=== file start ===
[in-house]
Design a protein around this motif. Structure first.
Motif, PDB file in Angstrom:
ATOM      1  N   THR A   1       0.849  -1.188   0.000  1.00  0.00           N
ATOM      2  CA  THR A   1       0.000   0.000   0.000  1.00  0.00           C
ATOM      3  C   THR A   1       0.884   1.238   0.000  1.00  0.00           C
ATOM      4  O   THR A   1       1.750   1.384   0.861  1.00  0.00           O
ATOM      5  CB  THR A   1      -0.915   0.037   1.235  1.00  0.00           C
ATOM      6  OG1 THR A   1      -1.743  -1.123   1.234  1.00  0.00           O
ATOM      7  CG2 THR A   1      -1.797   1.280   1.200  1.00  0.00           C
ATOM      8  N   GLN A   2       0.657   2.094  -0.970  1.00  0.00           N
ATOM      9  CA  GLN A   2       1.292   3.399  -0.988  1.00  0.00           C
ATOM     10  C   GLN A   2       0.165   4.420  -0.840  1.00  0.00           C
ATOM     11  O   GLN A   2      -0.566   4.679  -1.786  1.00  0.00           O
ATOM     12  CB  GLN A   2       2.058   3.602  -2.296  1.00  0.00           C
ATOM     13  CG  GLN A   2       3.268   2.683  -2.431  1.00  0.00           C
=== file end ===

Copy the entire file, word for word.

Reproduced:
[in-house]
Design a protein around this motif. Structure first.
Motif, PDB file in Angstrom:
ATOM      1  N   THR A   1       0.849  -1.188   0.000  1.00  0.00           N
ATOM      2  CA  THR A   1       0.000   0.000   0.000  1.00  0.00           C
ATOM      3  C   THR A   1       0.884   1.238   0.000  1.00  0.00           C
ATOM      4  O   THR A   1       1.750   1.384   0.861  1.00  0.00           O
ATOM      5  CB  THR A   1      -0.915   0.037   1.235  1.00  0.00           C
ATOM      6  OG1 THR A   1      -1.743  -1.123   1.234  1.00  0.00           O
ATOM      7  CG2 THR A   1      -1.797   1.280   1.200  1.00  0.00           C
ATOM      8  N   GLN A   2       0.657   2.094  -0.970  1.00  0.00           N
ATOM      9  CA  GLN A   2       1.292   3.399  -0.988  1.00  0.00           C
ATOM     10  C   GLN A   2       0.165   4.420  -0.840  1.00  0.00           C
ATOM     11  O   GLN A   2      -0.566   4.679  -1.786  1.00  0.00           O
ATOM     12  CB  GLN A   2       2.058   3.602  -2.296  1.00  0.00           C
ATOM     13  CG  GLN A   2       3.268   2.683  -2.431  1.00  0.00           C